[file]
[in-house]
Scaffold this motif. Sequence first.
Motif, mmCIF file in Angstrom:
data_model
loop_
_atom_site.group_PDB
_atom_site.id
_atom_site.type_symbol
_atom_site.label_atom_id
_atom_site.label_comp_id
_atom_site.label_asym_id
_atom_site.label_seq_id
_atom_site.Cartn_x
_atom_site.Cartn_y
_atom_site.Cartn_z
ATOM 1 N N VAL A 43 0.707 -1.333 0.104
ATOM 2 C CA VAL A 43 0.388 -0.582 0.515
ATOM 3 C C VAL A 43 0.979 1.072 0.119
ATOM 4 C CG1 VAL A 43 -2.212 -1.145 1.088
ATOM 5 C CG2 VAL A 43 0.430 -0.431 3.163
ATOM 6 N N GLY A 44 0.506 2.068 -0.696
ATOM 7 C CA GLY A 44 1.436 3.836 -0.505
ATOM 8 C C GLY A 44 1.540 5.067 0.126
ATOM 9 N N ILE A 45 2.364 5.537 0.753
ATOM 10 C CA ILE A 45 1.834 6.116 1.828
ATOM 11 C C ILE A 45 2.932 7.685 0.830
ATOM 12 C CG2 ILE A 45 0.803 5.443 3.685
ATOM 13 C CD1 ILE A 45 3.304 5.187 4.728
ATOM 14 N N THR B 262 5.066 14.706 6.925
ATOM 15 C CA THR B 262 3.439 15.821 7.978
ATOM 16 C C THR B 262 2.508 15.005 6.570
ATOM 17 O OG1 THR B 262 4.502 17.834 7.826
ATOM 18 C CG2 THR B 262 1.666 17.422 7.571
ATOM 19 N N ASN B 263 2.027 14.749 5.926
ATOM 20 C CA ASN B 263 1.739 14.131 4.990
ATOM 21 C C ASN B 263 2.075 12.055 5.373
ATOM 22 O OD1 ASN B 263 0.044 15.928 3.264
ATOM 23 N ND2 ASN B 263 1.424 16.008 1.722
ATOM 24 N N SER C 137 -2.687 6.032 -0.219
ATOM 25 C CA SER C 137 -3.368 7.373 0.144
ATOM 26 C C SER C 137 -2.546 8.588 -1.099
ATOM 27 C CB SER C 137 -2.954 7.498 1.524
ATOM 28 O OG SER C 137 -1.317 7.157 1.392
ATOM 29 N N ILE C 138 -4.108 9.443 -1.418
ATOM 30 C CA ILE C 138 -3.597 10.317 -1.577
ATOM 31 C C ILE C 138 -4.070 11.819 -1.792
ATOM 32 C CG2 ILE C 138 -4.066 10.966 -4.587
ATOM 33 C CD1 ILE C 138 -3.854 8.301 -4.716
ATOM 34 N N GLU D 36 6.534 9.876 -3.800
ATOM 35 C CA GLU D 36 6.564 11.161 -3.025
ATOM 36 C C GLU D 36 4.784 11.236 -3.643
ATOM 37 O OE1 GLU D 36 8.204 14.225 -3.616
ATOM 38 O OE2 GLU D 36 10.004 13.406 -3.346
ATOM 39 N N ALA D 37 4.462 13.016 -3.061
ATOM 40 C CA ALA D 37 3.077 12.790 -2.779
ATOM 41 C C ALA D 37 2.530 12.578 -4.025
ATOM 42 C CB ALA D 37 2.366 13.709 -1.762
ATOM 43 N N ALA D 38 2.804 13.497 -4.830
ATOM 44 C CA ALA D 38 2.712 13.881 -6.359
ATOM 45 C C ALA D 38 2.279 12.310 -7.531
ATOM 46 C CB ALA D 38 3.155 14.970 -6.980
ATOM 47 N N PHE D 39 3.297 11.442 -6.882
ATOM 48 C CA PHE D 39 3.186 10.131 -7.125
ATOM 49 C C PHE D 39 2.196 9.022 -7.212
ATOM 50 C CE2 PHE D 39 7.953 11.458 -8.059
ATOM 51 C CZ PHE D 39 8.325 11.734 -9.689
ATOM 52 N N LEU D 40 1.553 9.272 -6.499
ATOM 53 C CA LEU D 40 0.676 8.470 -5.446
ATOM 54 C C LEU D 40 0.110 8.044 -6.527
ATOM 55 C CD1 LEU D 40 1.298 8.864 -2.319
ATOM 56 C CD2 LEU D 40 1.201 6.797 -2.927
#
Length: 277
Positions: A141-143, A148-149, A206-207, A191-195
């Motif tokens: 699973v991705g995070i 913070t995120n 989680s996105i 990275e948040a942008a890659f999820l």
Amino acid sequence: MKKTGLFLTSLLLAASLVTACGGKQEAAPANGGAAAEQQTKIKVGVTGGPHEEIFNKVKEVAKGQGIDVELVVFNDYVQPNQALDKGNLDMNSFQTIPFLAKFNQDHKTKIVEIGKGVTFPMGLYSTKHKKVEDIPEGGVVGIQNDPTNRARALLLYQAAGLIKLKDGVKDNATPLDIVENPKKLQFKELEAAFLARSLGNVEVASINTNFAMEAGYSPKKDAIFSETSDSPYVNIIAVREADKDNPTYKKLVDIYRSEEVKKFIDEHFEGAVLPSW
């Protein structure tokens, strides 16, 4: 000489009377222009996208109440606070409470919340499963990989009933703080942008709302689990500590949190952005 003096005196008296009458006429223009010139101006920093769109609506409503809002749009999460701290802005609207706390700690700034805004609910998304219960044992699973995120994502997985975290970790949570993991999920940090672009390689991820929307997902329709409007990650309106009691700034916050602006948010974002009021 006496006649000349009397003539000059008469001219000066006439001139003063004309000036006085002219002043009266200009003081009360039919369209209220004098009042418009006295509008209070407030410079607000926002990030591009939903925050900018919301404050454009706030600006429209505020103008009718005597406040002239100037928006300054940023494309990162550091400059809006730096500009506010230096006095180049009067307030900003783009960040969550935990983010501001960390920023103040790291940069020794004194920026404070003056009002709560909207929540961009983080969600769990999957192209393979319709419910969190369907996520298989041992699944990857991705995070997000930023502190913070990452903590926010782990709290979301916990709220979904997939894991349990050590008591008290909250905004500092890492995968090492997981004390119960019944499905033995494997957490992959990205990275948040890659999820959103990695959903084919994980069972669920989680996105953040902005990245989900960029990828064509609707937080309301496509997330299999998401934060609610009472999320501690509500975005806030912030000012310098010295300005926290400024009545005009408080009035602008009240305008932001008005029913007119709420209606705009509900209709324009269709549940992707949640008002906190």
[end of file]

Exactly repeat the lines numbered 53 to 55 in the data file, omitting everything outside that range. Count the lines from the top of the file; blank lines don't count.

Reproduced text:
ATOM 38 O OE2 GLU D 36 10.004 13.406 -3.346
ATOM 39 N N ALA D 37 4.462 13.016 -3.061
ATOM 40 C CA ALA D 37 3.077 12.790 -2.779